Tuesday 8 September 2009

Savings on a rainy day

I read with interest this article on the BBC website about David Cameron's plans to make savings by cutting back on MPs privileges. He has various proposals, including decentralisation, cutting quangos, increased transparency, reducing the number of MPs and cutting back on what it costs to run Westminster. This is all laudable stuff, and it should be done. I hope that the special interests who would oppose many of these can be defeated.

I would like to make clear at the beginning that I wouldn't mind at all (and apparently, neither would some of his own candidates) if David Cameron wanted to reduce the number of MPs by 59 and remove the unnecessary Westminster tier from Scotland altogether.

Anyway, what caught my eye in Cameron's speech is this:

There are currently 169 government ministerial posts and 3 opposition party posts that receive additional taxpayer funded salaries, on top of the standard MP salary.

These ministerial salaries range from £26,624 to £132,923.

It's only right, at a time when the country has to share in financial pain, that they make their sacrifice.

So we will cut all Ministerial salaries - that's the money they get on top of their MPs' salary - by an immediate five percent.

This means a pay cut of £6,500 for the Prime Minister and a £4 ,000 pay cut for Cabinet Ministers.

169 government ministerial posts is an eye watering number. What do they all do? Do we need them? Who are these people, because this clearly isn't all of them. Why not as well as cutting their top up, reduce the number of ministerial posts? If scrutiny is to be applied to the worth of all quangos, why not to ministers?

Forgive my if my calculations are off (percentages were never my thing), but I think that 169 out of 646 is an incredible 26% of the UK Parliament who have posts. Compare this to the Scottish Parliament, which has 16 Governmental posts, (18, if you include the Lord Advocate and Solicitor General). This is only 12% of the Scottish Parliamentarians.

Cameron also wants to cut the number of MPs - given the scale of the constituencies, I'm not convinced this is a great idea; he also wants to cut back on staff, which would make covering these huge areas properly far more challenging.

On another matter entirely, there's also a slightly odd comparison in his speech with the Electoral Commission and India's Election Commission which I'm not entirely convinced is fair. Cameron points out that India has "twice as many people to oversee sixteen times as many voters". For a start, the difference in salaries and the cost of doing business is somewhat lower in India. While I don't doubt the numbers quoted in the speech, I'm sure national officials will be working with many thousands of local officials in India to make sure the biggest democracy on earth can pull off fair and free elections.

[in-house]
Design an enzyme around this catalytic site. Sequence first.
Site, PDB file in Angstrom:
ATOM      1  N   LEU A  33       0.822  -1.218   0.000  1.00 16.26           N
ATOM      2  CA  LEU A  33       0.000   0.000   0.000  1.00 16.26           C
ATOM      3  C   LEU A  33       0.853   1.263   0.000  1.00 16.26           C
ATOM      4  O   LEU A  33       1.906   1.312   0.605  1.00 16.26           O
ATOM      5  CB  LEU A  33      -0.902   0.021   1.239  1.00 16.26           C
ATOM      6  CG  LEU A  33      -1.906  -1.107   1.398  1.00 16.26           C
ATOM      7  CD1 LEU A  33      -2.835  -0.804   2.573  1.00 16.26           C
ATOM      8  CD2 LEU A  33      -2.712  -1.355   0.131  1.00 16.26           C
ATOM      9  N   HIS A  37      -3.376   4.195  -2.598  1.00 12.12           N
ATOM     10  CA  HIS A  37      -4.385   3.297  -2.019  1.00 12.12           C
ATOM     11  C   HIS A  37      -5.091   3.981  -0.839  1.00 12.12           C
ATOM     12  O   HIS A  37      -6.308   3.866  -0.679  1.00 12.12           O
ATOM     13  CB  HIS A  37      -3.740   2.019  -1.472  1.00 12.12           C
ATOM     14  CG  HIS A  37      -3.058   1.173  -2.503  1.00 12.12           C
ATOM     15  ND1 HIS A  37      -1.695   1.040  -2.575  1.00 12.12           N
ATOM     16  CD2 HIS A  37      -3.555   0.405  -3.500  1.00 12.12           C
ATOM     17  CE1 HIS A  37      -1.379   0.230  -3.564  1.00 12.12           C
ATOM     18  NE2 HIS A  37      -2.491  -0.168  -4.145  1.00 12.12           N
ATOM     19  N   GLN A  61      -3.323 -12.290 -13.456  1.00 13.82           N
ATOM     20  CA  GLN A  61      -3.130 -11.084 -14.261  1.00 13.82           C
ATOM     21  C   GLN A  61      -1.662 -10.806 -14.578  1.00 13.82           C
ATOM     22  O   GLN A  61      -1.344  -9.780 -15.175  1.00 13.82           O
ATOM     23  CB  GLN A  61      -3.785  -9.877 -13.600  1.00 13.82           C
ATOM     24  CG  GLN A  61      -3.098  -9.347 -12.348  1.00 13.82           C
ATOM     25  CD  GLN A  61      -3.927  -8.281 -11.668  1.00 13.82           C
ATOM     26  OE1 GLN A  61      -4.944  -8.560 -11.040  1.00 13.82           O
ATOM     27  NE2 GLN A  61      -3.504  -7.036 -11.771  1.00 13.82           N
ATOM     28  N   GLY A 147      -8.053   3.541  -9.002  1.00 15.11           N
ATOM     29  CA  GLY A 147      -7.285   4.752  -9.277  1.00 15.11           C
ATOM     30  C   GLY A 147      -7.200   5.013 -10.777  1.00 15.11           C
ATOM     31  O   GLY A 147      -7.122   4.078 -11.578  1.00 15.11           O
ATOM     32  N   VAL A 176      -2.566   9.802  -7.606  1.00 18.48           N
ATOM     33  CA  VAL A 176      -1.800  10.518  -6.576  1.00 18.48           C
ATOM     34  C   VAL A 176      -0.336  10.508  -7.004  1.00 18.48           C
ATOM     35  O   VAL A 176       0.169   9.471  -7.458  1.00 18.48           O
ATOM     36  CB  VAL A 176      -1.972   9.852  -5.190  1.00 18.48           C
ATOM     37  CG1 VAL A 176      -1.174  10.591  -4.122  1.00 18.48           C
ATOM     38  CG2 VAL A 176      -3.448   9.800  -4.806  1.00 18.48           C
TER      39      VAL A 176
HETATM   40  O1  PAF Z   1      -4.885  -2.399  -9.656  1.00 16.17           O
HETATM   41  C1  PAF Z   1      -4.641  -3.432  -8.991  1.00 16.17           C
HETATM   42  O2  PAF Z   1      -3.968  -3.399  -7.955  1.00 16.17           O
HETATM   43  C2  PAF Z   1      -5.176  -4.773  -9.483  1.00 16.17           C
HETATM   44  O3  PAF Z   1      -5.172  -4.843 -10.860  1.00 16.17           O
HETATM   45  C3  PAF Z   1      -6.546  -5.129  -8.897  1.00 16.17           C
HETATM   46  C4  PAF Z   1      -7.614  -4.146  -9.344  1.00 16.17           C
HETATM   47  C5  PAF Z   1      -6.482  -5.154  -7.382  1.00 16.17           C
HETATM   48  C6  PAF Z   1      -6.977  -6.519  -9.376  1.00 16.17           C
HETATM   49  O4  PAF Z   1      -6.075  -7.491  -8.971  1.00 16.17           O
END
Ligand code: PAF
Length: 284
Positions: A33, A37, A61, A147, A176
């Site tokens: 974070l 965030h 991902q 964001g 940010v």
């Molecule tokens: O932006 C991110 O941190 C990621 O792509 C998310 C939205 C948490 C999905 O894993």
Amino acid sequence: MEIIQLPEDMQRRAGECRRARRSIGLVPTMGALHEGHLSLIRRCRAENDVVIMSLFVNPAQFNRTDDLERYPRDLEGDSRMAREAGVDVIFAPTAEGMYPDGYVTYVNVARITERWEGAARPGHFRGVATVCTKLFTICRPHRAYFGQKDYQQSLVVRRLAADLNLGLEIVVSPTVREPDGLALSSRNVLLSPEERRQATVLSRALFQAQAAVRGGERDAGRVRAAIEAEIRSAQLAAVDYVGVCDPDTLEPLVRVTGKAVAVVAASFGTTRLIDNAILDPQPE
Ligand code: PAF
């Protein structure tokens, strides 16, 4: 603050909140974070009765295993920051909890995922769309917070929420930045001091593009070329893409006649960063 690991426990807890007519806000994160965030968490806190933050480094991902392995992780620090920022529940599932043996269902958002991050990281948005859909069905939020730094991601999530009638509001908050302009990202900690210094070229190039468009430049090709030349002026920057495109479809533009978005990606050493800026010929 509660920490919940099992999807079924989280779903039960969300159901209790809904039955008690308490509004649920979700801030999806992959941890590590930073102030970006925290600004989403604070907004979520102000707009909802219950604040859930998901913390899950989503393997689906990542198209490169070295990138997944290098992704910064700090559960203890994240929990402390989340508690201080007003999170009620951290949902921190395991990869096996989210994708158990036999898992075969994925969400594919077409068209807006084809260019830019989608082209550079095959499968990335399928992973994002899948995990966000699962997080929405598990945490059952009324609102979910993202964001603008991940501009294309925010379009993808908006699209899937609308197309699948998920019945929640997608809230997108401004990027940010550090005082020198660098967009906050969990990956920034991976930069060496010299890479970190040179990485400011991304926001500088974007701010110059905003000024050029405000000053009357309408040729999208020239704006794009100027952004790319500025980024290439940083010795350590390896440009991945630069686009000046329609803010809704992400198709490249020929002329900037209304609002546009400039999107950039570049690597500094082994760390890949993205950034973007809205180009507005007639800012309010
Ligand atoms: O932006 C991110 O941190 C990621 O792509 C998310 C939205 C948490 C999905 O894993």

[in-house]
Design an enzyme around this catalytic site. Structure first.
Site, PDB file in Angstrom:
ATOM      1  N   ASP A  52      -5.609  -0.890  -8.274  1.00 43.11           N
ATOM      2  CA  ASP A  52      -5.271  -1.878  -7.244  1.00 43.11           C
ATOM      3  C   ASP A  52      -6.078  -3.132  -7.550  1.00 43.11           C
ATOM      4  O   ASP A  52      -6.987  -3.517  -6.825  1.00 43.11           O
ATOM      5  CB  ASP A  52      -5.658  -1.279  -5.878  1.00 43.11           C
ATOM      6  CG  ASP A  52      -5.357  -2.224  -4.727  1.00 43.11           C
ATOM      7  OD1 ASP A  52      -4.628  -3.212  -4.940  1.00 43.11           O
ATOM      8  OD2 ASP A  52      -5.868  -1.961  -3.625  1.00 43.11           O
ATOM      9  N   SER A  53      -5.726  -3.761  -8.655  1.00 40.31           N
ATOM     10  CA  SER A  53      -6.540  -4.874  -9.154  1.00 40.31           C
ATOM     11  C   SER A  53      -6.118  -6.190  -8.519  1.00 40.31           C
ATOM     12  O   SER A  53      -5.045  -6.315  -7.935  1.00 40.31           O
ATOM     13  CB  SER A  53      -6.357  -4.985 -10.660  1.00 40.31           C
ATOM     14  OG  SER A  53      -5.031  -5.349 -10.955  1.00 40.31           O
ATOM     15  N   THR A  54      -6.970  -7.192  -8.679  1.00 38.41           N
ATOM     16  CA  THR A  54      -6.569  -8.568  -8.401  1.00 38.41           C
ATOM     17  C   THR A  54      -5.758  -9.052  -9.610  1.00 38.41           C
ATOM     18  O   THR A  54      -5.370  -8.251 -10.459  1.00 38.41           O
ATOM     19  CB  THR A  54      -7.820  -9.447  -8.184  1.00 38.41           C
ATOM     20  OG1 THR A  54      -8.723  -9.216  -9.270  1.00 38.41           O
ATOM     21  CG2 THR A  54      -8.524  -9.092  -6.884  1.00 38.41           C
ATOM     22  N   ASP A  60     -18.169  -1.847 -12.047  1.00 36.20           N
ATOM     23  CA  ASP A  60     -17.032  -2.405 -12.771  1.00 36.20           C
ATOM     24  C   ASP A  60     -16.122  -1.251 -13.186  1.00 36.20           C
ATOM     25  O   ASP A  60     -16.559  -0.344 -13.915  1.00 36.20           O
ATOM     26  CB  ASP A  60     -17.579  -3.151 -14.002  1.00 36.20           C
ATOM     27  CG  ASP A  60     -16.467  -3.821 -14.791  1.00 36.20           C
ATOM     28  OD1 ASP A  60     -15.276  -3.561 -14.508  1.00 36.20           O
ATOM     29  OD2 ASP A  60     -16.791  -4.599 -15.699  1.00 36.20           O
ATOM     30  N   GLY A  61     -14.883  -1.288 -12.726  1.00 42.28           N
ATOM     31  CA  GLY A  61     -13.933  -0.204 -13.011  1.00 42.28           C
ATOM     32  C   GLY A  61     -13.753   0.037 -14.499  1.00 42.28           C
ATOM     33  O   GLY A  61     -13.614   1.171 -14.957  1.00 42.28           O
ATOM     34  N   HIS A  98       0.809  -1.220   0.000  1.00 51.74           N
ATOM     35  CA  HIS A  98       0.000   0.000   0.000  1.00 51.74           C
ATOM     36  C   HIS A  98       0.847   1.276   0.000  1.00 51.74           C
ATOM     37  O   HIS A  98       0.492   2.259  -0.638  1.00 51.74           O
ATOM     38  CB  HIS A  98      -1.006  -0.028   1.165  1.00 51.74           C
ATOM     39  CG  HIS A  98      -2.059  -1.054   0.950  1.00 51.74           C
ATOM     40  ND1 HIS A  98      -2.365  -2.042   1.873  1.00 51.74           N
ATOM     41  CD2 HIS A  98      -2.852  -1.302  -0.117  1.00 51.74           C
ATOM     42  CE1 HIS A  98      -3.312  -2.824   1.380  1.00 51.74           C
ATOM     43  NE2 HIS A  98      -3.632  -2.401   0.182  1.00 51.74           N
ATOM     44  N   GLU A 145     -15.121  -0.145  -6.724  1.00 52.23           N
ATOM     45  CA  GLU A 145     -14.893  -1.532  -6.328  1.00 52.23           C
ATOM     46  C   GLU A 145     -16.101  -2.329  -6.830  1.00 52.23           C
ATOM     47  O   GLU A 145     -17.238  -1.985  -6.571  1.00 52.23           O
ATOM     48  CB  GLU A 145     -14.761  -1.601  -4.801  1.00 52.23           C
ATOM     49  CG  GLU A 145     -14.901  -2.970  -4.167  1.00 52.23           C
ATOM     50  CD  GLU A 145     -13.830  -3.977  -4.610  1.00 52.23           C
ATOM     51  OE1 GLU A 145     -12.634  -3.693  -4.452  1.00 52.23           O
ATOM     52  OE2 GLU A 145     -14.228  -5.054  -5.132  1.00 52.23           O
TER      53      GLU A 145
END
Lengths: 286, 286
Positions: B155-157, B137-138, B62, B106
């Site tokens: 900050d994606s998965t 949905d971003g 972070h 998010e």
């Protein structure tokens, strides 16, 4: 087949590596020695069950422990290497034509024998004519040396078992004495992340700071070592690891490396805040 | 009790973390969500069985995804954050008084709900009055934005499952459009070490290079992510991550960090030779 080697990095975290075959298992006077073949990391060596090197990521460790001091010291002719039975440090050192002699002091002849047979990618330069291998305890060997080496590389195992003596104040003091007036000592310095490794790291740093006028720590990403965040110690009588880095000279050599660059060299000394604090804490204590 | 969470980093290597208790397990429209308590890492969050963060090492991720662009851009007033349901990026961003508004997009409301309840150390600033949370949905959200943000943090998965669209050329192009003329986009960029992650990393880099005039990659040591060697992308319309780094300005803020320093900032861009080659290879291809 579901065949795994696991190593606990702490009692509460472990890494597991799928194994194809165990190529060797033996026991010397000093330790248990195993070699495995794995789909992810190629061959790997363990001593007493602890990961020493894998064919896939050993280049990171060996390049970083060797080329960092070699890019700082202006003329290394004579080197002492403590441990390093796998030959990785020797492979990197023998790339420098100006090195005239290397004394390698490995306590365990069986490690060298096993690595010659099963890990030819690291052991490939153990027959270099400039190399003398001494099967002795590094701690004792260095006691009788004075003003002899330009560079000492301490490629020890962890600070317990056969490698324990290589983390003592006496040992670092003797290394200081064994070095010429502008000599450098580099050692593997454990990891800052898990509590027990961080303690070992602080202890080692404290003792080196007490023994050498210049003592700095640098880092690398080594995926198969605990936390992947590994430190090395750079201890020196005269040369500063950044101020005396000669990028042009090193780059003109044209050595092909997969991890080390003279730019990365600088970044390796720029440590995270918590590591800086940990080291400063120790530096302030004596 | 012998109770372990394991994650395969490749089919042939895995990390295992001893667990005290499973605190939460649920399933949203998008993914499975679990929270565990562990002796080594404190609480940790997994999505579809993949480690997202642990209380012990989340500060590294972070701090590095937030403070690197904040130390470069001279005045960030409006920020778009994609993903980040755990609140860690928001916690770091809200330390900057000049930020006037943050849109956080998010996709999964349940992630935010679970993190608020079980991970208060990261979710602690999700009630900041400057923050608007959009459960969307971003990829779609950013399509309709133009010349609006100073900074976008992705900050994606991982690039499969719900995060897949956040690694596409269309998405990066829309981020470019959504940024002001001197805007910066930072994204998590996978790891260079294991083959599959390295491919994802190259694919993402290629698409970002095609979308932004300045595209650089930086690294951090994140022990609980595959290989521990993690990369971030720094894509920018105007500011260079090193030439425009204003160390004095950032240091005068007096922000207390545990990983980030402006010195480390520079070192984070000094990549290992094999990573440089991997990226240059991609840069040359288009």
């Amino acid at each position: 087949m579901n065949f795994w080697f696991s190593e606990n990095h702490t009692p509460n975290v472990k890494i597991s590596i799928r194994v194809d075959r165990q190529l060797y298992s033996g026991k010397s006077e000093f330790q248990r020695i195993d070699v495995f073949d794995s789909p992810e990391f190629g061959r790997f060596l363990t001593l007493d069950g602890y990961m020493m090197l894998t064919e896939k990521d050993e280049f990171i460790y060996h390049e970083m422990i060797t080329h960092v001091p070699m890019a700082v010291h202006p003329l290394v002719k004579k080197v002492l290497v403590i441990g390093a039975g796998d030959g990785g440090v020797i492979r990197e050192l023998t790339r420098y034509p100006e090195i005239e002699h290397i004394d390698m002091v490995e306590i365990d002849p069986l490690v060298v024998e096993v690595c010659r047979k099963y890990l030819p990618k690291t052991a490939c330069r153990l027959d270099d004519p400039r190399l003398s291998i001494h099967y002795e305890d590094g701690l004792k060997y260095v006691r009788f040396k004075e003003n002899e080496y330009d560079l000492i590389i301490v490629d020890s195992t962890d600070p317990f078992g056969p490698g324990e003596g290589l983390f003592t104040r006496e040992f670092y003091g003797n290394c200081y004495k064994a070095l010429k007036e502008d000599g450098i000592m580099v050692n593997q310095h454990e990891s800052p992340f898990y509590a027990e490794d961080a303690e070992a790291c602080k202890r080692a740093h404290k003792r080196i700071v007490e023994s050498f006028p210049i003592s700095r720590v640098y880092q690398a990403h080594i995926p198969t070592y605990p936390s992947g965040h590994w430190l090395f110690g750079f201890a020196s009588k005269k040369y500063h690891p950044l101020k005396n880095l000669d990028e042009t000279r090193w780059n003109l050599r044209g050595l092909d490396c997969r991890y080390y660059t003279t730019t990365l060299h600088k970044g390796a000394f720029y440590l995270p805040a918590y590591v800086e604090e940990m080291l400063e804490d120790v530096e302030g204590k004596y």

Cameron also seems to conflate decreasing turnout with the work done by the Electoral Commission, rather than disillusionment with politicians... The Electoral Commission isn't perfect, but the work they do in trying to encourage voter turnout against rising apathy can be innovative and is definitely important.

While I find all this interesting from a theoretical viewpoint, I don't believe that the Westminster system has much to offer Scotland. Our devolved Parliament already has a better set up, and is surely evolving yet further. A real Parliament in Scotland with real powers to improve the lives of our people is a far better prospect for the future.

Update: I have found a better list of Ministers! http://www.number10.gov.uk/Page19564


JoeJag said...

Perhaps he's including deputies?

That would double the number. It would also make the MSP count around the same percentage if you included deputies (assuming they have them).

BellgroveBelle said...

In the Scottish Government, there are six Cabinet Secretaries and ten Ministers. That's it!

I can't figure out where the Westminster figure comes from - there will be Junior ministers as well there.

William said...

I'm sure Cameron means well but I don't see that cutting wages by £5,000 or whatever is really going to make a difference to anything. It's a gesture, that's all.

I've always assumed that the 'under secretary of state' structure acted as a means for politicians to gain experience of a particular department or office before moving up or on.

How does it work for MSP's, then? Are you just as an MSP and then you get called to become a Minister overnight? And what happens when you stop being a Minister? Do you just get dumped back to being a plain MSP again?

The cost of governance is what it is. If we want to be a civilized First World country then we have to accept it costs a bit of money to run a country of that size. We're starting to develop an unhealthy fascination with every penny spent by politicians whilst ignoring the bigger picture, imo.

BellgroveBelle said...

William, I can't comment precisely on MSPs, but I believe that being Convener or Vice-Convener of a Committee would be a step up in responsibility and experience. Opposition MSPs get the opportunity to take on this role as well.

I agree that some of the expenses concentrated on by the media (such as staff costs) are part of the cost of democracy, but others are less crucial. I'm just not convinced that paying for 169 ministers is an effective use of public funds.

If MPs want to progress their careers in Government, it shouldn't come at the taxpayers expense.